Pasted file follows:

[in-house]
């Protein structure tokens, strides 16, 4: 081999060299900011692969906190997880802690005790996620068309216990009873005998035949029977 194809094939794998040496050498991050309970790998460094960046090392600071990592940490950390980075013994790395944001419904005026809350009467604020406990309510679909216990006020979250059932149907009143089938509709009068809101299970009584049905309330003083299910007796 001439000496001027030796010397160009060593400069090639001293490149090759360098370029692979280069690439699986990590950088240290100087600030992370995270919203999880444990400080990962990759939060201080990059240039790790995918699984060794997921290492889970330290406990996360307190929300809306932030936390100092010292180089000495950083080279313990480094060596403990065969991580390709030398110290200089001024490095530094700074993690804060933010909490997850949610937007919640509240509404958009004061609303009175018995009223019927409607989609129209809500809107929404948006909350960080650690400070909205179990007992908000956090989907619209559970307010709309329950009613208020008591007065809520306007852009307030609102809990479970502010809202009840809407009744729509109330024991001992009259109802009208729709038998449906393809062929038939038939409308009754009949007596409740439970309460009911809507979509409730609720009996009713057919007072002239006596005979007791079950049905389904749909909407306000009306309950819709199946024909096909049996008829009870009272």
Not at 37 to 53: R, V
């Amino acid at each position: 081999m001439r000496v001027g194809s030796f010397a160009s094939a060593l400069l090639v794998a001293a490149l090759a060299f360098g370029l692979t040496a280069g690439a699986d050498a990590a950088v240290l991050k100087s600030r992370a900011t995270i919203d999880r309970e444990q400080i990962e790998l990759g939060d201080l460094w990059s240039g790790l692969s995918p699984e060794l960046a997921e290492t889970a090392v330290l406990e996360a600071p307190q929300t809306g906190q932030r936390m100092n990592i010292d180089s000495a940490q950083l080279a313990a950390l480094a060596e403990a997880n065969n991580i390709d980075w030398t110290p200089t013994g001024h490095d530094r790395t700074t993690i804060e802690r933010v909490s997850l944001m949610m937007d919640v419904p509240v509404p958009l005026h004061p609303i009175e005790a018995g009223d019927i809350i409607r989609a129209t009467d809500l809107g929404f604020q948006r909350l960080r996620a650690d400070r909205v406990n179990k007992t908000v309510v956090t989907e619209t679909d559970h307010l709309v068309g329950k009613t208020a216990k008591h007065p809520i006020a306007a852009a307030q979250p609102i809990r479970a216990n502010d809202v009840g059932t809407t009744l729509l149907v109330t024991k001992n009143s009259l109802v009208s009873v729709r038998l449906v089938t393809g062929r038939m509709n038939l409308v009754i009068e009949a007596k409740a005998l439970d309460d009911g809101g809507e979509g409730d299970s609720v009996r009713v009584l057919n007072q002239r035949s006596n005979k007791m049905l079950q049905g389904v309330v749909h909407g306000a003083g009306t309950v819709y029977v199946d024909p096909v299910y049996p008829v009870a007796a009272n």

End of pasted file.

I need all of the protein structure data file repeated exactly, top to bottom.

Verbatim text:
[in-house]
């Protein structure tokens, strides 16, 4: 081999060299900011692969906190997880802690005790996620068309216990009873005998035949029977 194809094939794998040496050498991050309970790998460094960046090392600071990592940490950390980075013994790395944001419904005026809350009467604020406990309510679909216990006020979250059932149907009143089938509709009068809101299970009584049905309330003083299910007796 001439000496001027030796010397160009060593400069090639001293490149090759360098370029692979280069690439699986990590950088240290100087600030992370995270919203999880444990400080990962990759939060201080990059240039790790995918699984060794997921290492889970330290406990996360307190929300809306932030936390100092010292180089000495950083080279313990480094060596403990065969991580390709030398110290200089001024490095530094700074993690804060933010909490997850949610937007919640509240509404958009004061609303009175018995009223019927409607989609129209809500809107929404948006909350960080650690400070909205179990007992908000956090989907619209559970307010709309329950009613208020008591007065809520306007852009307030609102809990479970502010809202009840809407009744729509109330024991001992009259109802009208729709038998449906393809062929038939038939409308009754009949007596409740439970309460009911809507979509409730609720009996009713057919007072002239006596005979007791079950049905389904749909909407306000009306309950819709199946024909096909049996008829009870009272």
Not at 37 to 53: R, V
């Amino acid at each position: 081999m001439r000496v001027g194809s030796f010397a160009s094939a060593l400069l090639v794998a001293a490149l090759a060299f360098g370029l692979t040496a280069g690439a699986d050498a990590a950088v240290l991050k100087s600030r992370a900011t995270i919203d999880r309970e444990q400080i990962e790998l990759g939060d201080l460094w990059s240039g790790l692969s995918p699984e060794l960046a997921e290492t889970a090392v330290l406990e996360a600071p307190q929300t809306g906190q932030r936390m100092n990592i010292d180089s000495a940490q950083l080279a313990a950390l480094a060596e403990a997880n065969n991580i390709d980075w030398t110290p200089t013994g001024h490095d530094r790395t700074t993690i804060e802690r933010v909490s997850l944001m949610m937007d919640v419904p509240v509404p958009l005026h004061p609303i009175e005790a018995g009223d019927i809350i409607r989609a129209t009467d809500l809107g929404f604020q948006r909350l960080r996620a650690d400070r909205v406990n179990k007992t908000v309510v956090t989907e619209t679909d559970h307010l709309v068309g329950k009613t208020a216990k008591h007065p809520i006020a306007a852009a307030q979250p609102i809990r479970a216990n502010d809202v009840g059932t809407t009744l729509l149907v109330t024991k001992n009143s009259l109802v009208s009873v729709r038998l449906v089938t393809g062929r038939m509709n038939l409308v009754i009068e009949a007596k409740a005998l439970d309460d009911g809101g809507e979509g409730d299970s609720v009996r009713v009584l057919n007072q002239r035949s006596n005979k007791m049905l079950q049905g389904v309330v749909h909407g306000a003083g009306t309950v819709y029977v199946d024909p096909v299910y049996p008829v009870a007796a009272n």